Clergy burnout is more rampant than
ever. The stats bear this out. But pastors are also far better equipped,
educated and resourced than ever. Despite the calls for intellectual,
psychological or administrative increases in the ever-lengthening list of
“ministerial” skills, pastors receive far better practical training than they
used to. Yet well-trained clergy are leaving the ministry in droves.
I wonder whether an aspect of the problem lies in the very idea of ministerial training as the acquisition of aggregate skills. “If you have an intermediate skill level in these twelve loosely related areas, you will be qualified for a successful ministry.” Now I certainly want pastors to be good exegetes, good listeners, good preachers, good at running stuff, etc. But there must be something beneath all these skills that ties them together. There must be something that grounds them, motivates them and gives them life.
A clue to this puzzle dawned on me while reading Romans 10. The famous passage of the necessity of preachers for the salvation of the world actually follows directly Paul’s strange interpretation of the ascending and descending mentioned in Deut 30 as the death and resurrection of Christ. It is only on the heels of this elusive exegesis that Paul move into his praise for the necessity of preaching. He moves from the greatest mystery into the need for ministry, without a pause or transition. Mystery (typically reserved for ivory tower theologians) and ministry (the practice of those aggregate skills) stand side by side. And if you think this is just a fluke, then check out Ephesians 4 where Paul moves comfortably from a similar mention of the descent and ascent of Christ to the giving of gifts to the various ministers in the church. Apparently, it is the mysterious cosmic Lordship of Christ that unites, grounds and motivates a minister’s preaching, leading, listening, etc.
In other words, when asked why we do what we do as ministers, the short answer might go something like this: "Jesus is the resurrected Lord of the universe and I am pressed into his service."
Will this simple thought alone prevent clergy burnout? Certainly not. But maybe it can help us begin to think through the unity of theological education (both initial and continuing) that gets beyond the "grab bag of skills" mentality. Because being good-at-stuff won’t get one through a dark night of the soul.
John Locke "The Reasonableness of
John Toland "Christianity Not Mysterious"
H.S. Reimarus "Apology for Rational Worshipers of God"
John Wesley "Earnest Appeal to Men of Reason"
I picked up this list of titles as I took a historical survey last quarter. Regardless of content the titles alone are interetsing even "enlightening" (pun intended) I often hear the classic seminary structure (Bible, Theology, Practice) traced back to Schleiermacher. If this is true then there seems to be an assumption in the institution of ministerial training itself that is contrary to mystery. It seemed appropriate in light of your thoughts to reflect on how this assumption might be addressed. How do you involve people in mystery? What happens as more and more ministerial training looks more like IWU professional studies programs and less like a PTS? It seems that these new methods of continuing education are even more likely to become about getting good at stuff - rather than being involved in a some sort of shaping experience in the face of mystery that I would idealize education could be. Thanks for the thought stimulator...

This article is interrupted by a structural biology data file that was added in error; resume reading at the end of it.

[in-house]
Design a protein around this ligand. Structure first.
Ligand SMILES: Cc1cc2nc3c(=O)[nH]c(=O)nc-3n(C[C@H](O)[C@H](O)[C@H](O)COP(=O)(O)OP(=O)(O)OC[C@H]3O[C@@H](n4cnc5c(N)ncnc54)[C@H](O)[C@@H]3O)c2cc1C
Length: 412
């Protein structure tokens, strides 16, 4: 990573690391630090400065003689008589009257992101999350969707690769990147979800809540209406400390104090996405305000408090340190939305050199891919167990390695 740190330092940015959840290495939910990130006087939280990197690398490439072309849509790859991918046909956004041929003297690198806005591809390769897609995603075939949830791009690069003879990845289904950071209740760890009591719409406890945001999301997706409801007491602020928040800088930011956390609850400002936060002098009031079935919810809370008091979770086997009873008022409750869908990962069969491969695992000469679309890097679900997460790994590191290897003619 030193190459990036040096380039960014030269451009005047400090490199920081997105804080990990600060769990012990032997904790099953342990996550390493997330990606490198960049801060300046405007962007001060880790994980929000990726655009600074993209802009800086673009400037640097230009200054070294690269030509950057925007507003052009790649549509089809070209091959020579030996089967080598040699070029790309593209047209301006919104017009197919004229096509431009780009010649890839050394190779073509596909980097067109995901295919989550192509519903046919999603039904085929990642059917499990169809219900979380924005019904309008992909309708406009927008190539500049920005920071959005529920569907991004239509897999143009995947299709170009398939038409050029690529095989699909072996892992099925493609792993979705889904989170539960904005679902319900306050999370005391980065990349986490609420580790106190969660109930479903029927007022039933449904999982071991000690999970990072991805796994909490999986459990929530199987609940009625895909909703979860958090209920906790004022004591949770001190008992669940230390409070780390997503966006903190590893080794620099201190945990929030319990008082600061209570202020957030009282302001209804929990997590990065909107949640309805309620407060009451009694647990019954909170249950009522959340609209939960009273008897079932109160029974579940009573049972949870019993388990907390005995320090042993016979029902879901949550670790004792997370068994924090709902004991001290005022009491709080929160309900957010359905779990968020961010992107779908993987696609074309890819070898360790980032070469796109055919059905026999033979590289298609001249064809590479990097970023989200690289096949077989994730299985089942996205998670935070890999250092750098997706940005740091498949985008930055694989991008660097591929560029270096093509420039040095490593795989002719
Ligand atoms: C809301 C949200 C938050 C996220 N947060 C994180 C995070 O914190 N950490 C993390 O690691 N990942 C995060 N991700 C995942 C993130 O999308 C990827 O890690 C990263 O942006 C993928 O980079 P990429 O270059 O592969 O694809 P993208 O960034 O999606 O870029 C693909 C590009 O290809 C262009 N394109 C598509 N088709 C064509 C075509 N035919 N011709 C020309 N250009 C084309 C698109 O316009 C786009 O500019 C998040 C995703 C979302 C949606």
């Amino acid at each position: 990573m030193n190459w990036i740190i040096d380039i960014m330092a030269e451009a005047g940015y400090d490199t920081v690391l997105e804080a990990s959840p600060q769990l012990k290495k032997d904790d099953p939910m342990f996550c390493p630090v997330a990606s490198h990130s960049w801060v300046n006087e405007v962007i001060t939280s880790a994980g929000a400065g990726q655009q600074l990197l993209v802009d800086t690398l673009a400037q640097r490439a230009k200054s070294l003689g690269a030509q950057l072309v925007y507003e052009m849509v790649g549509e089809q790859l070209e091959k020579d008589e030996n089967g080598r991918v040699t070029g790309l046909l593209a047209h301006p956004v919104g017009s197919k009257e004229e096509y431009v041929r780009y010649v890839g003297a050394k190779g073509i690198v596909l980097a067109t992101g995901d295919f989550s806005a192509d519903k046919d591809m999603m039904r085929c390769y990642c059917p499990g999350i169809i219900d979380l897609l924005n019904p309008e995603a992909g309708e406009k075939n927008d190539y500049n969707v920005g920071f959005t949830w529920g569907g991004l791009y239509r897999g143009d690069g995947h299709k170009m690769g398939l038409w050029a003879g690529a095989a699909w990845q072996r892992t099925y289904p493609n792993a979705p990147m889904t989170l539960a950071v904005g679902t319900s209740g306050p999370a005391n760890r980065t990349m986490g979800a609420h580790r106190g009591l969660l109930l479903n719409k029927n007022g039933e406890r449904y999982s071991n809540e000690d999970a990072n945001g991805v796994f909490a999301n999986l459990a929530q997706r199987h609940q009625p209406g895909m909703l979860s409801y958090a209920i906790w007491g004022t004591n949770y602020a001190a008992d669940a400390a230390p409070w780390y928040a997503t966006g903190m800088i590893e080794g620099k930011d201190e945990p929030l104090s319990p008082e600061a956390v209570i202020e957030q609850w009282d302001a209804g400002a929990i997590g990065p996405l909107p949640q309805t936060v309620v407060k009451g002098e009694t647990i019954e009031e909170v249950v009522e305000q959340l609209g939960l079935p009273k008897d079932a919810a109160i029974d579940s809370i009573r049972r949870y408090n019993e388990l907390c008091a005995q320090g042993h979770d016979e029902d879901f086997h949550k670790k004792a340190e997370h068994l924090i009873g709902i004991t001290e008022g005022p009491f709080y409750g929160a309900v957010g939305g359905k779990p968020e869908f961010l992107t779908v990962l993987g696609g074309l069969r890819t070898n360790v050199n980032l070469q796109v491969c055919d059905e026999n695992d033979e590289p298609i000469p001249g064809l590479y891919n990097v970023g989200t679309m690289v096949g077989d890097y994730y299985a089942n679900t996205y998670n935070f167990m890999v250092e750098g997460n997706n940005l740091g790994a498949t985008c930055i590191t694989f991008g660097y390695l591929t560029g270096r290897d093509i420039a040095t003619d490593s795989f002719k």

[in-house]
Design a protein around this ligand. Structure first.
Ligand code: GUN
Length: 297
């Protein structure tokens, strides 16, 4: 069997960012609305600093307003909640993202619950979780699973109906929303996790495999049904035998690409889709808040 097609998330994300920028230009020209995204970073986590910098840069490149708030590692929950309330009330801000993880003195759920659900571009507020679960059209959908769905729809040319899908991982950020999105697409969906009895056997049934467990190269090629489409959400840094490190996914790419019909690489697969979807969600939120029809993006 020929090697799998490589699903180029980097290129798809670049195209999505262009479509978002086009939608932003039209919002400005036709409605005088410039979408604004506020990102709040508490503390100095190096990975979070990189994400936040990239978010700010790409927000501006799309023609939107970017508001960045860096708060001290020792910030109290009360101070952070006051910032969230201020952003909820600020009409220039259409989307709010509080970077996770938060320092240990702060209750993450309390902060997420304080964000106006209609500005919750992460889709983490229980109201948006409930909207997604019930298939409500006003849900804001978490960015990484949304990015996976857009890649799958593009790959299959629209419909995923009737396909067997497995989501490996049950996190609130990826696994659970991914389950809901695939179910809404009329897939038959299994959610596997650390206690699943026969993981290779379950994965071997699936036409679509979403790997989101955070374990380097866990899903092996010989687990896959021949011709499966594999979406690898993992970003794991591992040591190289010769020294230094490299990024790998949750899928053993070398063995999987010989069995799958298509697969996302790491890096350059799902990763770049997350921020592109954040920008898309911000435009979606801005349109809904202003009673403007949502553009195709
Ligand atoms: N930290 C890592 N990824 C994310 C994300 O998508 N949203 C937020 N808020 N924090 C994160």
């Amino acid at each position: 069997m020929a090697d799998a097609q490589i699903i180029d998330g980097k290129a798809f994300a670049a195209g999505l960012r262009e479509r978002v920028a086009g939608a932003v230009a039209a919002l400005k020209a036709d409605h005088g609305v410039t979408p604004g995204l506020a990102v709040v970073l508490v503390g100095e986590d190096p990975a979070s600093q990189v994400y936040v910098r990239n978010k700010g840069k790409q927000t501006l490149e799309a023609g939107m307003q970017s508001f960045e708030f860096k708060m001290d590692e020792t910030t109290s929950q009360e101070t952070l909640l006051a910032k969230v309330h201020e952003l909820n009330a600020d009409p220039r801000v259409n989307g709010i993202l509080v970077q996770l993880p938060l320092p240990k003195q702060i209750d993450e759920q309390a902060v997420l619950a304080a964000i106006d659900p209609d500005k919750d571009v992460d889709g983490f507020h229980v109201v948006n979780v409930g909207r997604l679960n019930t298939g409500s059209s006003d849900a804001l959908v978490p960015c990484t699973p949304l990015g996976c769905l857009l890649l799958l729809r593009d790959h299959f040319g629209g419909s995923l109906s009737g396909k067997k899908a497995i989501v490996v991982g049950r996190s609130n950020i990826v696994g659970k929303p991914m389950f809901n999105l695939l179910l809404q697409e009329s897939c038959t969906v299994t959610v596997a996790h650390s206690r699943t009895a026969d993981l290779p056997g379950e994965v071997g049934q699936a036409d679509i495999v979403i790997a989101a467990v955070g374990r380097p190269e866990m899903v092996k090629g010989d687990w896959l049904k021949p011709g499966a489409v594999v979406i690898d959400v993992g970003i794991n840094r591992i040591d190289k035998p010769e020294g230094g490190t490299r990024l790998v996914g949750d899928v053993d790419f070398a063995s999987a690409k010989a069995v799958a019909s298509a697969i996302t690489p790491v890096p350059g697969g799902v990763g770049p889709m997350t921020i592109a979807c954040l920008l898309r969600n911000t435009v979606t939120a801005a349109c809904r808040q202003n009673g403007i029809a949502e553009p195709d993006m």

The core question may not be "How can I be
effective?" but "Did Jesus Christ rise from the dead." If he
truly did indeed rise from death then "success" is less important
than faithfulness to the truth. If He did not rise then I'd suggest taking more
practical ministry courses for it is mostly up to us.
These thoughts are coming at a poignant time for me as I embark on full-time Christian ministry. Whatever skills I do have (and the many I don't have) are in some way secondary to living as a Spirit-led ambassador of Christ amongst a community of other Spirit-led ambassadors. As I go to Conferences and Training Gatherings and fine-tune many 'necessary' skills, these thoughts will be percolating in my mind.
That list is a trip. A delight to see Wesley lumped in with those "rationalists" especially contra his reputation as a mere hot hearted pietist. Well done.
As for the structure of theological education [WARNING: HISTORY LESSON], although Schleiermacher is often credited with inventing the fourfold pattern (Bible, History, Theology, Practice), it was actually developed by the Encyclopedists who, among other things, were reacting against Schleiermacher's proposal. His structure (as found in his "Breif Outline for the Study of Theology") provides for the unity of theological disciplines. It is threefold:
1. Historical Theology (which is the careful study of the sources of the Christian religion, namely the Bible and Church History)
2. Philosophical Theology (which draws from #2 in order to restate the essence of Christianity for our own time and situation)
3. Practical Theology - a term he coined! (which initiates students into the essence of Christianity to know its identity so well as to preserve it into the next generation).
Hence for Schleiermacher, the sub-disciplines of theology are anything but the acquisition of aggregate skills. Even practical theology is more about the preserving and developing the identity of the Christian religion rather than being good at stuff.
Whereas Schleiermacher (always the Romantic) was inclined to see Platonic unities, the Rationalist Encyclopedists saw Aristotelean distinctions. Theology fit itself into the emerging encyclopeia (note how publishing is the tail that wags the pedegogical dog here) by dividing itself up into disciplines in which different people could become "experts", and hence get assigned to write the encyclopea article on this or that topic. From this tradition arose the ever increasing sub division of theological study that persists into our day.